prove the fit of his clothes In some micro
scopic details, but after all It Is not the
clothes, but the man lnsldes the clothes
that really counts, in looks as well aa In
Hysteria Takes Jlerr Tar a.
It was a Frenchman himself who said
that the French people surpassed all other
nations In esprit and fell below all others
In the matter of common sense. The dic
tum la emphasised by the attitude of the
French people towsrd Dreyfus. Ten years
ago they execrated him. today they make
a hero of him. Yet Dreyfus was Just as
Innocent then as he Is now. Tt Is only the
hysteria of the French nation thst has
taken a new turn.
Primed for All Occasions.
St. I vi Is Globe-Democrat.
One of Mr. Bryan's close friends at Lin
coln. Neb., says the speeches of Bryan on
his return "will be opposed to extreme and
radical Ideas like those of Mr. LaFollotte,
and he will be moderate In hla expreaslona
as compared with Mr. Roosevelt." That
depends on his audience. Mr. Bryan will
roar as gently as a sucking dove when
talking to conservatives, and tear passion
to tatters when a delegation of radicals
lines up on his lawn.
Wanted A Reapportionment.
Wayne Herald (rep.).
How long will this part of Nebraska be
flimflammed out of the representation It
deserves In the state legislature? The laat
apportionment took place In 1S56, more than
twenty yeara ago. and since then northern
Nebraska has done most of Its growing.
Southern Nebraska was favored by earlier
settlement, but has grown less In recent
yeara. As a consequence the South Platte
country gets about the representation It
deserves, while It Indifferently Ignores
the merits of a greatly Increased popula
tion In this part of the state. For ten yes rs
Wayne county has been entitled to a repre
sentative, whereas It Is compelled to share
with Stanton county, which latter also
deserves more ' consideration than It re
ceives. Worse yet, Knox, Boyd, Cedar and
Pierce counties must be content with one
representative. In the senate we also fall
short of sufficient numbers. Nine populous
and prosperous enmities Wayne, Madison,
Pierce. Stanton," ' Dfxon, Cedar, Dakota)
Knox and Tlruriton-wiggle- along with
only two members -I In the senate. As a
result, this section of the state exercises
less strength In the matter of approba
tions, passage of laws and creation Of
United States senators than .properly be
longs to It. We should like to see north
Nebraska representatives unite In a de
termined effort to secure a reapportionment
and shall hope and pray that the south
Platte country will get out of the public
trough long enough to give fair considera
tion and yield to a'Just demand.
LIBERTY'S SPIRIT IW MEXICO.
Ambassador Thompson and President
. Dlas Exchanare Greetings.
Springfield (Mass ) Republican.
The Americans In the City of Mexico en
gineered a Fourth of July celebration of
a high order. There were no firecrackers
discharged, but there was much open-air
merry making, with dignified, formal exer
cises, which Included speeches and the
reading of the Declaration of Independ
ence. The American colony gathered at
Tivoll park and were complimented by
the presence of President Dial, members
of his cabinet, the representatives of for
elgn governments Snd leading cltliens of
the city. The address was delivered by
United States Ambassador Thompson, who
embodied in his talk much gracious com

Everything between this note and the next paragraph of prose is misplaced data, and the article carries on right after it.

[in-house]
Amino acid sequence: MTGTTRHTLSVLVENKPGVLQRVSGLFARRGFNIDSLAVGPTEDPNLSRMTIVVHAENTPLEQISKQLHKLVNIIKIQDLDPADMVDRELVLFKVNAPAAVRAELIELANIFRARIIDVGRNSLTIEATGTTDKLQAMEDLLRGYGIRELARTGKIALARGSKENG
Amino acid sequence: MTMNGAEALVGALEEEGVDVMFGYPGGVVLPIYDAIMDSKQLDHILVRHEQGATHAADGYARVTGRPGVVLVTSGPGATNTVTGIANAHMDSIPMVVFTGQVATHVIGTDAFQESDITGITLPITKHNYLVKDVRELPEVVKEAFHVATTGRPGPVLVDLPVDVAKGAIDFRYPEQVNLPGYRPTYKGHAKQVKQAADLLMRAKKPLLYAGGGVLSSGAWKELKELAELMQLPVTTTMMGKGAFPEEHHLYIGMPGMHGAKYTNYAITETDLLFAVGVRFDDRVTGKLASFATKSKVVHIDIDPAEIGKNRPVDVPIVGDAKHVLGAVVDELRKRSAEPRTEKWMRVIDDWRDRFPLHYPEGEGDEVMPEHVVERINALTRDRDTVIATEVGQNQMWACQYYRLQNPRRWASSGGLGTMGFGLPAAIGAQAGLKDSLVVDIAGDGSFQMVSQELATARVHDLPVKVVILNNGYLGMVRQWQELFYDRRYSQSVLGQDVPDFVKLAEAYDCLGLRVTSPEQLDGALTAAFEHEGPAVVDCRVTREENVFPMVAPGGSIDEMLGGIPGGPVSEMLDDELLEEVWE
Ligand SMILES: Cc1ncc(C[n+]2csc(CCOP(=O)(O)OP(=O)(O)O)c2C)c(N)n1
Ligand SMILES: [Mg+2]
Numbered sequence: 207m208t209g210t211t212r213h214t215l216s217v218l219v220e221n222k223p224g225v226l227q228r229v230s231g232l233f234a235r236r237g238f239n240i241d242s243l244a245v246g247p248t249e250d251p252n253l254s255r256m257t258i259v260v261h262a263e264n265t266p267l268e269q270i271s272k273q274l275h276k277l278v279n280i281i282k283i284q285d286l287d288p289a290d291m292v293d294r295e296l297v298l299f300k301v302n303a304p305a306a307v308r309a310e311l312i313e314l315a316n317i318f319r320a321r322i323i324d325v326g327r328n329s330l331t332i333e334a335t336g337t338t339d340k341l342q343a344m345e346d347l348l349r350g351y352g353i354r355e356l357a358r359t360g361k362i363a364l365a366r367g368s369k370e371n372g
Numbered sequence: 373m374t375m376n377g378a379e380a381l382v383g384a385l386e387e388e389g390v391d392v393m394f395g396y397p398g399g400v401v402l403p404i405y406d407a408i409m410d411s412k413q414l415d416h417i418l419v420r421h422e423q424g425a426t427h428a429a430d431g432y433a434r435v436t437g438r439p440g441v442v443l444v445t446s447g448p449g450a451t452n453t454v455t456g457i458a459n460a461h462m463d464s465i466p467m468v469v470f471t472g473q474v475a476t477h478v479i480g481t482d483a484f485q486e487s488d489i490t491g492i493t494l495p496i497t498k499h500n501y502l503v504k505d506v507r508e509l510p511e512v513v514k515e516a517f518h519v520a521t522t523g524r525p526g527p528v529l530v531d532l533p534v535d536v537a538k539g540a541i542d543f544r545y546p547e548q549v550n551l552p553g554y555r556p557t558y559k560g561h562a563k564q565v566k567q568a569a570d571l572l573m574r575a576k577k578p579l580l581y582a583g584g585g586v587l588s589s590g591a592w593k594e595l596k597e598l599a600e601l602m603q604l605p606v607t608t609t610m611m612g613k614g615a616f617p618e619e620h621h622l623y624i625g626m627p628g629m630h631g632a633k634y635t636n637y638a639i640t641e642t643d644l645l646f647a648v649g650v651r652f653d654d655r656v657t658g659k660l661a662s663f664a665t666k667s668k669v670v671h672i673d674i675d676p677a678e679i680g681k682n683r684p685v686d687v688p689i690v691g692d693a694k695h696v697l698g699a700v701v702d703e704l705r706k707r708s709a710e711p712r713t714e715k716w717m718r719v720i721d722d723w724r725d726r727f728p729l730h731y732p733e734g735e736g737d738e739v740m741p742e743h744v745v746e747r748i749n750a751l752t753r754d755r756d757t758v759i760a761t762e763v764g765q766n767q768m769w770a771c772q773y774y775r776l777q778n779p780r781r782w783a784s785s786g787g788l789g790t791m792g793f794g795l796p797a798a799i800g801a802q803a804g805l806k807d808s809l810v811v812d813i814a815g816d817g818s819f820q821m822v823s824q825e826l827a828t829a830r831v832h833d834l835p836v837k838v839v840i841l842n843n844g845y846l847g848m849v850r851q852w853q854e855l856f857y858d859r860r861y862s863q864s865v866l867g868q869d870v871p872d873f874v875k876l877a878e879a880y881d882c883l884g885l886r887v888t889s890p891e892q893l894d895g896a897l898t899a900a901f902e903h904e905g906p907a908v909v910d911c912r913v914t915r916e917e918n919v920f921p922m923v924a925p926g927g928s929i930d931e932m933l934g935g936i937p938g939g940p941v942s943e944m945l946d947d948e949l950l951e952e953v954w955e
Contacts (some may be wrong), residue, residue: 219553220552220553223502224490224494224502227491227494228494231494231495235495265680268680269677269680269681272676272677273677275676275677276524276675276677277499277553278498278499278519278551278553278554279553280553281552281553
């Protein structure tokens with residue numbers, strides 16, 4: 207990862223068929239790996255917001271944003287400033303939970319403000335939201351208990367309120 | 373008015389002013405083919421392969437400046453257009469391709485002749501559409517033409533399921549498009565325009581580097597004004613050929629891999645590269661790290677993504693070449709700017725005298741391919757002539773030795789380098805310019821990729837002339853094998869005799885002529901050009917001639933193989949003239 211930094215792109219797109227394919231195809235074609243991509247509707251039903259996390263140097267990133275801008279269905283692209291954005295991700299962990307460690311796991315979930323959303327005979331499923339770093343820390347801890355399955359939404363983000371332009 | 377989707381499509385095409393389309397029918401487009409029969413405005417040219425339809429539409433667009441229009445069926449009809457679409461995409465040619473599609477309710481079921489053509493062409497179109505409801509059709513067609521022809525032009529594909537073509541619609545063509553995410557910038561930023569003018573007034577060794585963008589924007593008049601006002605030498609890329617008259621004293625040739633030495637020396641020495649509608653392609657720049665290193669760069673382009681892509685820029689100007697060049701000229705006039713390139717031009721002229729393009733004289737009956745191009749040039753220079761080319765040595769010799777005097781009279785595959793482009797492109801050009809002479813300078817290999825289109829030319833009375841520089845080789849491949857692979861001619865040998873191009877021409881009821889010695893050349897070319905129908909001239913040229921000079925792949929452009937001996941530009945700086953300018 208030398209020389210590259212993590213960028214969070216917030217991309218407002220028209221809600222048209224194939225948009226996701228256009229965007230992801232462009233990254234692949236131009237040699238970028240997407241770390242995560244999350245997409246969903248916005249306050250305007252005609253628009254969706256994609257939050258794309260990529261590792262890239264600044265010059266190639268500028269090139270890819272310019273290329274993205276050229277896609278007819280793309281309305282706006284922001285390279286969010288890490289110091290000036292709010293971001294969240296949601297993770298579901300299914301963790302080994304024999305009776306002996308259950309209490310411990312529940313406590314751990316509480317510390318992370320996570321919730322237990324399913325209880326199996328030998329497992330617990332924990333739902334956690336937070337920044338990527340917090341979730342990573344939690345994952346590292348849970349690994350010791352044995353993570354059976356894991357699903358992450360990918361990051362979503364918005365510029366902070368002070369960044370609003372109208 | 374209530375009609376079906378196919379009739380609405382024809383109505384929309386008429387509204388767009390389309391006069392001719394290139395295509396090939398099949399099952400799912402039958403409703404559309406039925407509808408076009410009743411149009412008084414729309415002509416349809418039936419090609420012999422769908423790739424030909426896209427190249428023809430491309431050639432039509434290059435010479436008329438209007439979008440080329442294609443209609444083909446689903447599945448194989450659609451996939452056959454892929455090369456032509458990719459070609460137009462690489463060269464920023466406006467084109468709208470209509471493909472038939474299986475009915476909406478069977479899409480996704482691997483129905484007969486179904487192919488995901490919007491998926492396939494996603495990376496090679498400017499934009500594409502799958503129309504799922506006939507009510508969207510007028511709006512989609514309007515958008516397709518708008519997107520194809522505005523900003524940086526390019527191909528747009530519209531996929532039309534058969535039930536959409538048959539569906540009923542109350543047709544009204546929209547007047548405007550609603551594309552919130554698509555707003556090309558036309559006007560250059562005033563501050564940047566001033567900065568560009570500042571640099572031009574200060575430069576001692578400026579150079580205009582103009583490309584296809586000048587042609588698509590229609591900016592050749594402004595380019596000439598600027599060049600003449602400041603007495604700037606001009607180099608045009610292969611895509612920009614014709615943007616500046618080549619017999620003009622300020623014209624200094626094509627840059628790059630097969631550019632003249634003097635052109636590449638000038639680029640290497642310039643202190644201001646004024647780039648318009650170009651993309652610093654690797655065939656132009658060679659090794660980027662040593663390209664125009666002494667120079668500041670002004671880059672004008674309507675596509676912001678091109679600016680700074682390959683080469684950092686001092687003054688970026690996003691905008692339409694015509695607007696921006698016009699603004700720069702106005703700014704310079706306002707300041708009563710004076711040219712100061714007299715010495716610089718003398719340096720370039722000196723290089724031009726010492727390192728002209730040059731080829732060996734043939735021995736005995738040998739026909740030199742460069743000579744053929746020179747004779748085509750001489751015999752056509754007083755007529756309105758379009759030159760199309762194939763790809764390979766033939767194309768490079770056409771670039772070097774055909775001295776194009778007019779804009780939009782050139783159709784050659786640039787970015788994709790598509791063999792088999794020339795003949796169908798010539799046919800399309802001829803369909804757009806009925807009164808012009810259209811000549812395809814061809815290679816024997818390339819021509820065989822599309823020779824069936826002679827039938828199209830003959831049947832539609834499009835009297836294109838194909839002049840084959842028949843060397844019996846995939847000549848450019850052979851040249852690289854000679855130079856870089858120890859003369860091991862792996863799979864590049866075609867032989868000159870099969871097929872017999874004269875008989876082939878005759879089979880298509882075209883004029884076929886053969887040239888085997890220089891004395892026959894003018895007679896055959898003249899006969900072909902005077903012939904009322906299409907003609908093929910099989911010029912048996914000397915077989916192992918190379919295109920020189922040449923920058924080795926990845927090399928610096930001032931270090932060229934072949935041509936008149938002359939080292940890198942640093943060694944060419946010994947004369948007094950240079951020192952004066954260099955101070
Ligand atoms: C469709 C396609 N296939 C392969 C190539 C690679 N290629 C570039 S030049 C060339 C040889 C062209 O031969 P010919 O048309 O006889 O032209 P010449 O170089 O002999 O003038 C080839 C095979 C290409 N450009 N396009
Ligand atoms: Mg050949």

pltment to Mexico and Its president, say
ing among other thinks: '
"In extolling the greatness of our native
country, let us not forget the kindly con
slderatlon and the privileges accorded us by
the government of Mexico, on whose soil
we have assembled, and whoae llluatrlous
president and wise counselors of atate gra
ctously honor us by their presence. Two
flags greet us todsy; both are emblema of
liberty; under each, by the blessing of
heaven, the hopes and aspirations of a free
people have been realised. It may be
doubted If any land In the world, outalde of
our own country, contains so many pros
perous Americana as does this beautiful
Mexico. While great rewarda for Industry
are offered at home, the Industrial develop.
ment and enterprise of our sister republic
have tempted here many thousands of
active, talented Americana. The activities
of these colonists are adding to the national
wealth of Mexico, and prosperity and plenty
reward the efforts of all earnest, honest
working Americana In this republic. Let
us make due acknowledgment to the coun
try offering u so much and to the admin
istration and government that haa brought
about such happy conditions and made
such prosperity of the American colonists
Luncheon was served, at which President
Dlas waa the guest of honor. There will
be Interesting reading what he said In re
sponse to the very complimentary toast:
"The entrance of your country into the
concert of free peoples marked an event of
universal tmportsnce. an event worthy of
undying commemoration among the bright
est and most solemn annlversarlea of hu
man annuals, not only for you, but for us
Mexicans and all nations which cultivate
with yours relations of friendship and com
merce. This Is why we take part In your
festivities today and offer you our eon
gratulatlona In the absence of any other
wsy of evincing to you more tangibly how
fully we share In your rejoicings. This
Is why we drink to the prosperity of the
land of Washington and to the health of
Mr. Roosevelt, who now worthily guides
Its deatinle. I cannot conclude wl'hout
thanking moat aincerrly the chairman of
the executive committee for the extreme
kindness with which he hs been pleased
to characterise as beneflclsl my work as a
ruler. ' But In truth what I have been able